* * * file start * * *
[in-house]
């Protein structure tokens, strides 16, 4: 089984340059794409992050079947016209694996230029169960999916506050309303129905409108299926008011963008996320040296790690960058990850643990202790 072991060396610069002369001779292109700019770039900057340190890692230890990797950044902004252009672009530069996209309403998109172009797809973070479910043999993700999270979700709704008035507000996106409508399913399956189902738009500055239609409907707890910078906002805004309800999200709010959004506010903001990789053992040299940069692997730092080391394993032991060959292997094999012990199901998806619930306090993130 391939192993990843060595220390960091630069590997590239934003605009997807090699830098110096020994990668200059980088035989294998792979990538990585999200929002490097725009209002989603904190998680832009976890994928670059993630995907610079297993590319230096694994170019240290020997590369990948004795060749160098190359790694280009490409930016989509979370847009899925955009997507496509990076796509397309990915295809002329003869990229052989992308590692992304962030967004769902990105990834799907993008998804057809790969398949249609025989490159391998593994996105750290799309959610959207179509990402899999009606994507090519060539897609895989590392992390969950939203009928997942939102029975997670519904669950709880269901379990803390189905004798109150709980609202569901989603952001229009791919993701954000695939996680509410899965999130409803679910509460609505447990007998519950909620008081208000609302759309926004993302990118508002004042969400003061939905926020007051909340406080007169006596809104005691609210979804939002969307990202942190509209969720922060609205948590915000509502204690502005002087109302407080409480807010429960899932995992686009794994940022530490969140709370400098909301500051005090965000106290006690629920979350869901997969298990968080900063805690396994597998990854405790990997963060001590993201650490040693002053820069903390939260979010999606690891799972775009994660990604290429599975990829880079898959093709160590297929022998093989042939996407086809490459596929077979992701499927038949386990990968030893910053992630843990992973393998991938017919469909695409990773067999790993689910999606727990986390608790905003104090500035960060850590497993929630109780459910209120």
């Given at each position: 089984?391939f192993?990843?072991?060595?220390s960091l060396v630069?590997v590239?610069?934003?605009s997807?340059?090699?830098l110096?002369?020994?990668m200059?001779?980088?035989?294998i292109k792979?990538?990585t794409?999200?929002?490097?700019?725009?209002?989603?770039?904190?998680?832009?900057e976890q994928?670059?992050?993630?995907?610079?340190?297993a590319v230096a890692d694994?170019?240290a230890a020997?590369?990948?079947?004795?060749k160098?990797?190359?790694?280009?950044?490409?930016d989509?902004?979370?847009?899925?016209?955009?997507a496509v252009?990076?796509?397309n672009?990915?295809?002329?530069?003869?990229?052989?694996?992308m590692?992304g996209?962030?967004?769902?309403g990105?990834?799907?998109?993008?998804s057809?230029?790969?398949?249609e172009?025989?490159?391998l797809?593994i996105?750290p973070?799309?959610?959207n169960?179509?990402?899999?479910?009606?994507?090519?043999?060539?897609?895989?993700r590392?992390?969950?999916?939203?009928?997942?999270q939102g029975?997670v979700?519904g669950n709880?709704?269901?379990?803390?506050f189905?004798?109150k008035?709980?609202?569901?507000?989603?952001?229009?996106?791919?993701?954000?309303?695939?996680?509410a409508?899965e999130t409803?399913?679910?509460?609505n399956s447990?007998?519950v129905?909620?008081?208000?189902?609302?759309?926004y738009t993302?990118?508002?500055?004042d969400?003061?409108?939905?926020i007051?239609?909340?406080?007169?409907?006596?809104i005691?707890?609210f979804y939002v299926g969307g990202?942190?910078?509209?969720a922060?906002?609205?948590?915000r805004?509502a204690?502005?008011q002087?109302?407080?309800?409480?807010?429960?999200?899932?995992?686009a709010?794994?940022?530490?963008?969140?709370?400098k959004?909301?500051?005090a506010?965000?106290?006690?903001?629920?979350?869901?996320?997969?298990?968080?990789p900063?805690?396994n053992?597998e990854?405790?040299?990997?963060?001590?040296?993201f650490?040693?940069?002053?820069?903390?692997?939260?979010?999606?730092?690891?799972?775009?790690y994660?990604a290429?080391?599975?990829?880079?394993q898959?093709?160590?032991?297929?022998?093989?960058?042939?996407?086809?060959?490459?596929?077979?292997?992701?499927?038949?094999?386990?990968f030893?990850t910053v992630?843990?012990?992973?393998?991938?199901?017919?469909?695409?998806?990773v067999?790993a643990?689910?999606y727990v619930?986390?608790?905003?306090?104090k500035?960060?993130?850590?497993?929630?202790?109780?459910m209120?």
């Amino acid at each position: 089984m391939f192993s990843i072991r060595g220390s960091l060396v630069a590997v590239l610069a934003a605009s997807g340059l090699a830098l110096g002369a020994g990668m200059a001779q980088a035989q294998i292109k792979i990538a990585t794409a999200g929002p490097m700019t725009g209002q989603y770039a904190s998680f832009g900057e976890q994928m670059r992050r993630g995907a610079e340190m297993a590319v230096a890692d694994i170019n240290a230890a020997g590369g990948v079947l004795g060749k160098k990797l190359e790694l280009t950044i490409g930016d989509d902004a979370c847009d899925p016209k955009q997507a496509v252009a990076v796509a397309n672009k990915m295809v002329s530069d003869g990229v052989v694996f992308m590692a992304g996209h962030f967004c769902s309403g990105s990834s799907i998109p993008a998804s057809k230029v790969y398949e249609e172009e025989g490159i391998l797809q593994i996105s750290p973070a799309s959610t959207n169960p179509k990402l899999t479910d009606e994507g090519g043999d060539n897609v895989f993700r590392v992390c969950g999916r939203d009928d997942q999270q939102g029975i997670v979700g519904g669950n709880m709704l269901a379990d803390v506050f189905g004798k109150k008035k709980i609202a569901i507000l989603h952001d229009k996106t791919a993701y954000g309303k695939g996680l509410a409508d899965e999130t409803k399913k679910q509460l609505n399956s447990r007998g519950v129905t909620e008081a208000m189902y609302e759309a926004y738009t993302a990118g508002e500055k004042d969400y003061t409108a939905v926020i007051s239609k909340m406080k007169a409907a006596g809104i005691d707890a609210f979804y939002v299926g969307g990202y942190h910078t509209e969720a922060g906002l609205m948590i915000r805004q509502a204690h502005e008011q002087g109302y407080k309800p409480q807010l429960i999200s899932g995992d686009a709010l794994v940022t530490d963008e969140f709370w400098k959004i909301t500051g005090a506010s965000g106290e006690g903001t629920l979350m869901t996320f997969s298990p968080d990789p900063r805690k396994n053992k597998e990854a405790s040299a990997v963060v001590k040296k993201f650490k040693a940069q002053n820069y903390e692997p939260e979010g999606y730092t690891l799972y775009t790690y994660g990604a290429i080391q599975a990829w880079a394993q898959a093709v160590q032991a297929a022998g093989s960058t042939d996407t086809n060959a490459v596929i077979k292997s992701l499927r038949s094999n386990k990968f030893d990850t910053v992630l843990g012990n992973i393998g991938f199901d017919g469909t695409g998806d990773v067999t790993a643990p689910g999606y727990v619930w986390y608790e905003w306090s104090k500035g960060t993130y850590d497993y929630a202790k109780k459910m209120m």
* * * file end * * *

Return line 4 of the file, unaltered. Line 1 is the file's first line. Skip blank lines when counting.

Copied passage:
């Amino acid at each position: 089984m391939f192993s990843i072991r060595g220390s960091l060396v630069a590997v590239l610069a934003a605009s997807g340059l090699a830098l110096g002369a020994g990668m200059a001779q980088a035989q294998i292109k792979i990538a990585t794409a999200g929002p490097m700019t725009g209002q989603y770039a904190s998680f832009g900057e976890q994928m670059r992050r993630g995907a610079e340190m297993a590319v230096a890692d694994i170019n240290a230890a020997g590369g990948v079947l004795g060749k160098k990797l190359e790694l280009t950044i490409g930016d989509d902004a979370c847009d899925p016209k955009q997507a496509v252009a990076v796509a397309n672009k990915m295809v002329s530069d003869g990229v052989v694996f992308m590692a992304g996209h962030f967004c769902s309403g990105s990834s799907i998109p993008a998804s057809k230029v790969y398949e249609e172009e025989g490159i391998l797809q593994i996105s750290p973070a799309s959610t959207n169960p179509k990402l899999t479910d009606e994507g090519g043999d060539n897609v895989f993700r590392v992390c969950g999916r939203d009928d997942q999270q939102g029975i997670v979700g519904g669950n709880m709704l269901a379990d803390v506050f189905g004798k109150k008035k709980i609202a569901i507000l989603h952001d229009k996106t791919a993701y954000g309303k695939g996680l509410a409508d899965e999130t409803k399913k679910q509460l609505n399956s447990r007998g519950v129905t909620e008081a208000m189902y609302e759309a926004y738009t993302a990118g508002e500055k004042d969400y003061t409108a939905v926020i007051s239609k909340m406080k007169a409907a006596g809104i005691d707890a609210f979804y939002v299926g969307g990202y942190h910078t509209e969720a922060g906002l609205m948590i915000r805004q509502a204690h502005e008011q002087g109302y407080k309800p409480q807010l429960i999200s899932g995992d686009a709010l794994v940022t530490d963008e969140f709370w400098k959004i909301t500051g005090a506010s965000g106290e006690g903001t629920l979350m869901t996320f997969s298990p968080d990789p900063r805690k396994n053992k597998e990854a405790s040299a990997v963060v001590k040296k993201f650490k040693a940069q002053n820069y903390e692997p939260e979010g999606y730092t690891l799972y775009t790690y994660g990604a290429i080391q599975a990829w880079a394993q898959a093709v160590q032991a297929a022998g093989s960058t042939d996407t086809n060959a490459v596929i077979k292997s992701l499927r038949s094999n386990k990968f030893d990850t910053v992630l843990g012990n992973i393998g991938f199901d017919g469909t695409g998806d990773v067999t790993a643990p689910g999606y727990v619930w986390y608790e905003w306090s104090k500035g960060t993130y850590d497993y929630a202790k109780k459910m209120m």